George Bernard Shaw once said, “I dislike feeling at home when I am abroad”.
I believe everyone is right for himself, and this is the right moment to say that feeling at home in a foreign country rather gives me a nice little warmth, comfort and security of the familiar.
I'm originally from Bulgaria, a small country located in Southeastern Europe. I had the opportunity to visit Istanbul, Turkey a while ago and needless to say, that was quite an experience. Aside from museums, historic monuments and other tourist sights, I was literally sunk in the magical atmosphere. While I was busy staring at buildings and people, a street musician pops out of nowhere and starts playing the most sensual traditional tunes - just for me, and then kisses my hand; Then, I get lost for a minute and find myself in the middle of a narrow, rambling, mysterious dark street with light at the end turning out to be a mini fruit & vegetable market - where no single person is around; Then, as soon as I sit at a street diner, three different waiters show up ready to do anything, I mean anything, for me.
The funny thing is, Turkey is completely different from Bulgaria, but despite all the mysteries and differences (in language, religion, architecture, mentality, lifestyle, etc.), I felt somehow at home. It could be the history - Bulgaria was under the rule of the Ottoman Empire for centuries, so it did inherit a lot from them. Or, it could be the people who are so hospitable and strangers treat you as if you are their closest family without wanting anything in return. How amazing is it to feel so comforted away from home? Like you've been there before, but not - it's an engaging game with the consciousness.
The visit in Turkey of course left a permanent mark in my memory, and I expected the same from my time in the United States. My first reaction when I landed on the state of Georgia was, It's nothing like in the movies. The only familiar thing was the language - yes, I did speak English at the time. Here I am on a road trip from Miami all the way up to Boston - and nothing on the way looks so unfamiliar in my life. I loved it, but I never felt happier to meet other Bulgarians like that one time on the streets of New York. Well, after six years spent in America, the country did turn into my home-away-from-home, and I was finally completely in my comfort zone. I would never forget, however, the joy of seeing other Bulgarians in a place so amazingly different from home.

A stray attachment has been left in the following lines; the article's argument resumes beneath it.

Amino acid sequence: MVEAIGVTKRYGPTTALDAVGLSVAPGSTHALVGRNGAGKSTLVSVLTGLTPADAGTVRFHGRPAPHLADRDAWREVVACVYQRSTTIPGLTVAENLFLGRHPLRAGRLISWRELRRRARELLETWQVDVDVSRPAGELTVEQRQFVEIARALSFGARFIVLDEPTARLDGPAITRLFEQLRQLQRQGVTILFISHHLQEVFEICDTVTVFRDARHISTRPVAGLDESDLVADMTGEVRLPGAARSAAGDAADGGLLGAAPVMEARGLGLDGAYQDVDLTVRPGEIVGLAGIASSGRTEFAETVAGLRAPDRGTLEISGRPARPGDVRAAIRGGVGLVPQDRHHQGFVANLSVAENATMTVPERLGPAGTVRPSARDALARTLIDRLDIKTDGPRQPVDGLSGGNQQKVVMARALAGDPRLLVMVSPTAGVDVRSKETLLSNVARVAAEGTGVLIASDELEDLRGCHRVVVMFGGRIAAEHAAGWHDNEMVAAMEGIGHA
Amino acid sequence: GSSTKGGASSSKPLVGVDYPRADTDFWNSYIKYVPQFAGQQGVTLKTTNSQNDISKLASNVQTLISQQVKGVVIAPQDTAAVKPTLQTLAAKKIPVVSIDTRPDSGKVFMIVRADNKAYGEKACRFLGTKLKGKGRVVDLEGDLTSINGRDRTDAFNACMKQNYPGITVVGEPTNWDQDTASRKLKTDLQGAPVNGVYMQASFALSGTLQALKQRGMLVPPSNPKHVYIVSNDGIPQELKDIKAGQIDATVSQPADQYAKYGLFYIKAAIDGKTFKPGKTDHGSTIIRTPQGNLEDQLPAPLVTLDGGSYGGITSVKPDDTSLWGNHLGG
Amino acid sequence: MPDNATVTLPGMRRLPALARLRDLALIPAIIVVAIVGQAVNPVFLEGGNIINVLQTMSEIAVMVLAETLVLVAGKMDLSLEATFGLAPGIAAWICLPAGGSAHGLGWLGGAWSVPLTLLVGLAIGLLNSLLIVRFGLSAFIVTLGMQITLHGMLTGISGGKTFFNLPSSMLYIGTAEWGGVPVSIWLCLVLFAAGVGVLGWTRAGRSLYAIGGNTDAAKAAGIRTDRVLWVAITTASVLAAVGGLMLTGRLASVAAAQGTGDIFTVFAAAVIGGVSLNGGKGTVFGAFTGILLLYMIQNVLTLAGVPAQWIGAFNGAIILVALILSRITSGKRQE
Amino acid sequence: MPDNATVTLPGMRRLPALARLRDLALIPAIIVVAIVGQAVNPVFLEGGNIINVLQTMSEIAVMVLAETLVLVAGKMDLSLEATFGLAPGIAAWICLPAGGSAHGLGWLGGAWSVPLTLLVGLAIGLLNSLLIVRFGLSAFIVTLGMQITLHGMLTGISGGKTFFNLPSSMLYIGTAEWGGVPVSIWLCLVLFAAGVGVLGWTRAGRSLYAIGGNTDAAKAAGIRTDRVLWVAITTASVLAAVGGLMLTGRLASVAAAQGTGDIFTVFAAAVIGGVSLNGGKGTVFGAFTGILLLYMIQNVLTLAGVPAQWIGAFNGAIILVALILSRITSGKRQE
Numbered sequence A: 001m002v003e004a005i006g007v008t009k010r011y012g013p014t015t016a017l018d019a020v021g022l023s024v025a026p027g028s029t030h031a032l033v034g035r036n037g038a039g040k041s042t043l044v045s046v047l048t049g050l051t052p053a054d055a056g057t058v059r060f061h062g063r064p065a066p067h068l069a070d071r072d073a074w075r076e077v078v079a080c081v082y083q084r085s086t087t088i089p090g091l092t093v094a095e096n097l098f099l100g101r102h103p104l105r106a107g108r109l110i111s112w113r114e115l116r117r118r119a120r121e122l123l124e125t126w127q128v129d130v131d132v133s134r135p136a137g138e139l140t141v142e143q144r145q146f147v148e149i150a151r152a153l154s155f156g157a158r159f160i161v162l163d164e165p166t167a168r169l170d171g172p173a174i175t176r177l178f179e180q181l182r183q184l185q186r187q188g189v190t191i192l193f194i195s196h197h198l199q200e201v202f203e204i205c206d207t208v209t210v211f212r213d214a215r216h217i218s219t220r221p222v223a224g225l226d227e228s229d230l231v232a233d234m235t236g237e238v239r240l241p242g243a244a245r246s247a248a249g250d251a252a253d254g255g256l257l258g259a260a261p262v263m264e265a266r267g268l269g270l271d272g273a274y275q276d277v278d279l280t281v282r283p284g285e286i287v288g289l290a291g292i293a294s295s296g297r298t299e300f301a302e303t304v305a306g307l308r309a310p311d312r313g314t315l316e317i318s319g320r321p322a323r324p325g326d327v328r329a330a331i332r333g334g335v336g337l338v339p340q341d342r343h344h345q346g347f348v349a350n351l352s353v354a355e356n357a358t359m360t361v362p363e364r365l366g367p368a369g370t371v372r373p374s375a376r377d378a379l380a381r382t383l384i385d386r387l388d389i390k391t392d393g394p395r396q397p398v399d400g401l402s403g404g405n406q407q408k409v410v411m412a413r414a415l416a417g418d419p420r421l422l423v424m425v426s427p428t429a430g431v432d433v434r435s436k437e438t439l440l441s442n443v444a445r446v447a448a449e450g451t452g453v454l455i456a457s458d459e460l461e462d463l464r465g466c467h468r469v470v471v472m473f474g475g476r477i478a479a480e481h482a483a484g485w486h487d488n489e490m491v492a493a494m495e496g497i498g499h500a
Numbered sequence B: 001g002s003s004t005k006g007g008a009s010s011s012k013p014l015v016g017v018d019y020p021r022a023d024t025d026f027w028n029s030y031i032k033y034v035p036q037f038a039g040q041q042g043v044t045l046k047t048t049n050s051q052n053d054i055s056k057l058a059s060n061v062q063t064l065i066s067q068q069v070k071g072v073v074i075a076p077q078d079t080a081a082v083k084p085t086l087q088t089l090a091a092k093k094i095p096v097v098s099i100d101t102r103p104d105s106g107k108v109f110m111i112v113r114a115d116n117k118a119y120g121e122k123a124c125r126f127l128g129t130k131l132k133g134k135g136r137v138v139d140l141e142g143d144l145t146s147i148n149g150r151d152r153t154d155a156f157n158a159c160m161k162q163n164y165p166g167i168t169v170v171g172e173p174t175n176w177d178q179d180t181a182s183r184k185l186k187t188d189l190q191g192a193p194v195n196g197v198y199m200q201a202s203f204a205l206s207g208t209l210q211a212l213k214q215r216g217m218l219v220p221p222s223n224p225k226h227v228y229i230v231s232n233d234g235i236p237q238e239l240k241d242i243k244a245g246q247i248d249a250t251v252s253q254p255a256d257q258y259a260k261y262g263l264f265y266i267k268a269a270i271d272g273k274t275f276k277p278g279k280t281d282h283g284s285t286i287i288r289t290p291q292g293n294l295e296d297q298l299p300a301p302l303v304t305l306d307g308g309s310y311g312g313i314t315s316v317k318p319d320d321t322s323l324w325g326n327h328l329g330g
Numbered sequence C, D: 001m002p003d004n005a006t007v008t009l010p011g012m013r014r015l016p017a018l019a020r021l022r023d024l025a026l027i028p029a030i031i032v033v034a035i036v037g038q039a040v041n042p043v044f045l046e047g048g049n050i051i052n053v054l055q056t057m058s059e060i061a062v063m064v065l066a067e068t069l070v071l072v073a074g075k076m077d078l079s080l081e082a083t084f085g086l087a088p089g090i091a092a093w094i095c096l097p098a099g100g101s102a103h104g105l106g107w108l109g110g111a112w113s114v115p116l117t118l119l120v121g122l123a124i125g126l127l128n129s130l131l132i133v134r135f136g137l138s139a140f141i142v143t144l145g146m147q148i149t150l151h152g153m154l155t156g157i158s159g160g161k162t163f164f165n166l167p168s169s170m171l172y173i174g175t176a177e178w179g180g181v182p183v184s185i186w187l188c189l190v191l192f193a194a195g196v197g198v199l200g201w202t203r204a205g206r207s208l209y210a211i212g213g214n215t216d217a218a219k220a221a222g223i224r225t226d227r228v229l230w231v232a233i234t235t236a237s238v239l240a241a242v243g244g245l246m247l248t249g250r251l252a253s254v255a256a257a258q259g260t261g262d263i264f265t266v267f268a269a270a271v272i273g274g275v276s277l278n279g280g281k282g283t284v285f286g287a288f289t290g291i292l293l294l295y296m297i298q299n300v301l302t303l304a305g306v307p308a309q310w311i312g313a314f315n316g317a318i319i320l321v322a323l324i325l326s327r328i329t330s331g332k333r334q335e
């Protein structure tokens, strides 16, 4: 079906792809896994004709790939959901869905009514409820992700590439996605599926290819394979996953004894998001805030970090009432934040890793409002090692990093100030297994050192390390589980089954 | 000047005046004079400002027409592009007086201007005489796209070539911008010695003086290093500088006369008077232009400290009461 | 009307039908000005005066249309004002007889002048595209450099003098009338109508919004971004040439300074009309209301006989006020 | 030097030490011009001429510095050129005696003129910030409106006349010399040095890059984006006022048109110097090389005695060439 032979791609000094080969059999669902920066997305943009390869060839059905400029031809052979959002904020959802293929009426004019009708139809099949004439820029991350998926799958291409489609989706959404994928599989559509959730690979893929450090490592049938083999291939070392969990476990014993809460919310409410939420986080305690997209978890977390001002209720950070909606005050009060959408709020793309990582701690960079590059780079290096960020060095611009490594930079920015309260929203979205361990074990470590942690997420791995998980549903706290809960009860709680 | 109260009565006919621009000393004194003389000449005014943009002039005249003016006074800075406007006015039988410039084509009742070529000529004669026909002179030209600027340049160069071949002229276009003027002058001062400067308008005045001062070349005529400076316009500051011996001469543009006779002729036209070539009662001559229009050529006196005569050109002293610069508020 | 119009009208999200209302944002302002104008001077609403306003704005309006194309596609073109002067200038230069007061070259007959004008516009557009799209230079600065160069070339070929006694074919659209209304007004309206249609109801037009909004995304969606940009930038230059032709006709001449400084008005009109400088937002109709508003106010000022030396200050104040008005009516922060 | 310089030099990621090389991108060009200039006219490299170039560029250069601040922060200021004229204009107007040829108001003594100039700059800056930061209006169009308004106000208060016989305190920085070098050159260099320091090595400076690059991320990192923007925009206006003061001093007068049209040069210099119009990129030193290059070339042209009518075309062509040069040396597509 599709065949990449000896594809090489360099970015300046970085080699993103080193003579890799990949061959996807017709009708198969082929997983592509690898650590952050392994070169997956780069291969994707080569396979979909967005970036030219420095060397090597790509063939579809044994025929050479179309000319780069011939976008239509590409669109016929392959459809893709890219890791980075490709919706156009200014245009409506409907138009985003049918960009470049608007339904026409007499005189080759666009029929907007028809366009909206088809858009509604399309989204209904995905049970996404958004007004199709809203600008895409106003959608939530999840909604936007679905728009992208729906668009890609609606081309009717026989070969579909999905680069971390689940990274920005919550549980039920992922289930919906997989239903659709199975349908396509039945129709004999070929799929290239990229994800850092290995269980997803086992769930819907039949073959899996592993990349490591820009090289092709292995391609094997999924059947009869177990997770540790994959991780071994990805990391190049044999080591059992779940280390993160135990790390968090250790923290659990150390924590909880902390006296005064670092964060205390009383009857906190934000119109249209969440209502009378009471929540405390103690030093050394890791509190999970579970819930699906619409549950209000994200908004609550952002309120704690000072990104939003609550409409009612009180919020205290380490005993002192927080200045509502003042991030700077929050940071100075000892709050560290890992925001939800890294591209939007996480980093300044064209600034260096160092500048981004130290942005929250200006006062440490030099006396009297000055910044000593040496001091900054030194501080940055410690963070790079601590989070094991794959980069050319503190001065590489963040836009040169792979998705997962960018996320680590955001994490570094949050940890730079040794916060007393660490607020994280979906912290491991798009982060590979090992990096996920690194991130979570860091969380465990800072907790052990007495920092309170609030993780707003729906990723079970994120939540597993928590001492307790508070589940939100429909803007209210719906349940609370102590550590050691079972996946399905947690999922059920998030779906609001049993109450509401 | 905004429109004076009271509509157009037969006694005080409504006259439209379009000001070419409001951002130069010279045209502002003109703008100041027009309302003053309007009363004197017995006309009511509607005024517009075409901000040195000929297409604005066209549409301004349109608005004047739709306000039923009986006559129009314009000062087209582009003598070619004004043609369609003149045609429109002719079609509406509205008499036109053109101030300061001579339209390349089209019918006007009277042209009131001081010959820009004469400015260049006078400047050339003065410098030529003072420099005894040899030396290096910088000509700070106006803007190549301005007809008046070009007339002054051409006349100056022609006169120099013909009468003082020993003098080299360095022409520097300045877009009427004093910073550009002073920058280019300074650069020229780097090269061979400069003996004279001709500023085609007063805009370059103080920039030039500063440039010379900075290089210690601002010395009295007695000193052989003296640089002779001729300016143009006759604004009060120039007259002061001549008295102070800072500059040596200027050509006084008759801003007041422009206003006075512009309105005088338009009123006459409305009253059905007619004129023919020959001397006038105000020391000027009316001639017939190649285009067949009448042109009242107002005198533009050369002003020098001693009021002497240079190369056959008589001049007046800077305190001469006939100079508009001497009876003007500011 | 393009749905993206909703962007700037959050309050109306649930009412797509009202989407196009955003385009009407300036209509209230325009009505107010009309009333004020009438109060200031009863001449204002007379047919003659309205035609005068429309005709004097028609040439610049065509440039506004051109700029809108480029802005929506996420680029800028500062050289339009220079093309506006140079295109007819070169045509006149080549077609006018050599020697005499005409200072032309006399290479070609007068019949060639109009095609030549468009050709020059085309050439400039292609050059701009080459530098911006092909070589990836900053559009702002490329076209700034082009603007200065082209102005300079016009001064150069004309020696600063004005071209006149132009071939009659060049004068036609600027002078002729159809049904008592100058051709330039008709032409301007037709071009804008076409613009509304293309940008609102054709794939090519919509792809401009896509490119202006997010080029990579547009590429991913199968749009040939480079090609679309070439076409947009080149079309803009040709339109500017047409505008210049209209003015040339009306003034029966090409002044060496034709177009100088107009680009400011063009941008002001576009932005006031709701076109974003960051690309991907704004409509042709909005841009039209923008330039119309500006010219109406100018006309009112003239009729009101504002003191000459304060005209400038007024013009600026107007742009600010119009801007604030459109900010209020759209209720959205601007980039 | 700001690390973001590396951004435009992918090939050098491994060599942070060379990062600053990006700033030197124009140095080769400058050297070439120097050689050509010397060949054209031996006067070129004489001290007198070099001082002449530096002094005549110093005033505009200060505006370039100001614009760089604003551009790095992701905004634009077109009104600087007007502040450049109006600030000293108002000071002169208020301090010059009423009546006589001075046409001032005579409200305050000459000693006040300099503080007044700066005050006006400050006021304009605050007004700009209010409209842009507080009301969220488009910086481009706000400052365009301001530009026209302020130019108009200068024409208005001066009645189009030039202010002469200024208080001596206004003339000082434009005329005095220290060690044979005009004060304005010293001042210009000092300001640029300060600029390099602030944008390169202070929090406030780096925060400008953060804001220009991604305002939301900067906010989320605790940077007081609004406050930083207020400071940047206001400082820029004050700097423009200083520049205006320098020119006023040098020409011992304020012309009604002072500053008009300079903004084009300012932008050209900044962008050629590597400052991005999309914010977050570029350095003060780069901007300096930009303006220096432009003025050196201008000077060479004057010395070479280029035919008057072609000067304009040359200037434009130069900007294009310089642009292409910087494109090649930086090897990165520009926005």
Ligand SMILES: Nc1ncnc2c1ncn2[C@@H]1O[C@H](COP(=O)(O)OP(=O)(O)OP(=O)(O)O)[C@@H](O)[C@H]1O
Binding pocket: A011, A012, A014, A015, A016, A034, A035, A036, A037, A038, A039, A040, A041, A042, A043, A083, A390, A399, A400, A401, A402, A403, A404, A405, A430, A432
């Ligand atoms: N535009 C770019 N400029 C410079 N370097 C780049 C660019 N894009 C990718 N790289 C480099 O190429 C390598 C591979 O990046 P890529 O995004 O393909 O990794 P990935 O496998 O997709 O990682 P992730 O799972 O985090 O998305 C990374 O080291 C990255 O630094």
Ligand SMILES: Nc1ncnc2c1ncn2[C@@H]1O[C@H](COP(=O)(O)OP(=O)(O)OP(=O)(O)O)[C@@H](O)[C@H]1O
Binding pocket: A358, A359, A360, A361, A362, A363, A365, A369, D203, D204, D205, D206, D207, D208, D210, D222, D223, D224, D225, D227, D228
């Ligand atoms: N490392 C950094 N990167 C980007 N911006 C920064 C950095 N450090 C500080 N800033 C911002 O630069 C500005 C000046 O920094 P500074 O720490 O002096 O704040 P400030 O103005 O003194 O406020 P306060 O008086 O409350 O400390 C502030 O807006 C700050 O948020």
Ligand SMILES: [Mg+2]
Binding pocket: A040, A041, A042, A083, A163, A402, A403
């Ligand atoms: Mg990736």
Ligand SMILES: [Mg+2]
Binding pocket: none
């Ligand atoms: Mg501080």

I was quickly dragged out of the comfort zone when I hit the road again - this time to Australia. They say America is similar to Australia. Well, is it so? As far as the RV road trips are concerned -yes, in Australia people do that a lot, especially those foreign backbackers trying to see everything for the time they have while on Australian Working Holiday visa or Australian Work & Holiday visa (for US travelers). I admire these folks because they literally manage to see everything on an impossibly low budget. Another thing that looked familiar - the palm trees that remind me of Florida, the dry outbacks, barbeques with friends, as well as the nice long beaches, surfers, people relaxing in the beachside bars. Yes, you got those in some parts of America, too, where people don't stress out on economic downturn, and don't live in constant stress about work, traffic, fashion. Being on the grind is not their definition of happiness. They actually surf and are really joyful. And this is a typical lifestyle in Australia.
Wonders such as the Great Barrier Reef, the Great Ocean Road, the Ayer's Rock, the Sydney Opera House, the Sydney Harbour (the list goes on) are truly unique and everyone who's been there, remembers these unearthly places with nostalgia. Here's one thing that you don't have in America - playing with kangaroos at the beach. You could see these charming and energetic animals everywhere in their natural habitat - not in the zoo. And you are free to pat them - if you dare.
Going back to ‘feeling at home when abroad’, there is really nothing negative about it. The more you travel, the more you feel at home wherever you go. Nothing is more fulfilling than being a citizen of the world. My next destination is planned to be Abu Dhabi - who knows what awaits me there and how this place could turn into one of my homes away from home.
About the Author
Bella Paige is originally from Bulgaria, passionate about traveling and music. She works for Visa First, an Irish company providing visa and travel support services. She's planning a huge trip with friends soon - Abu Dhabi, Dubai, Qatar and then, all over Europe.
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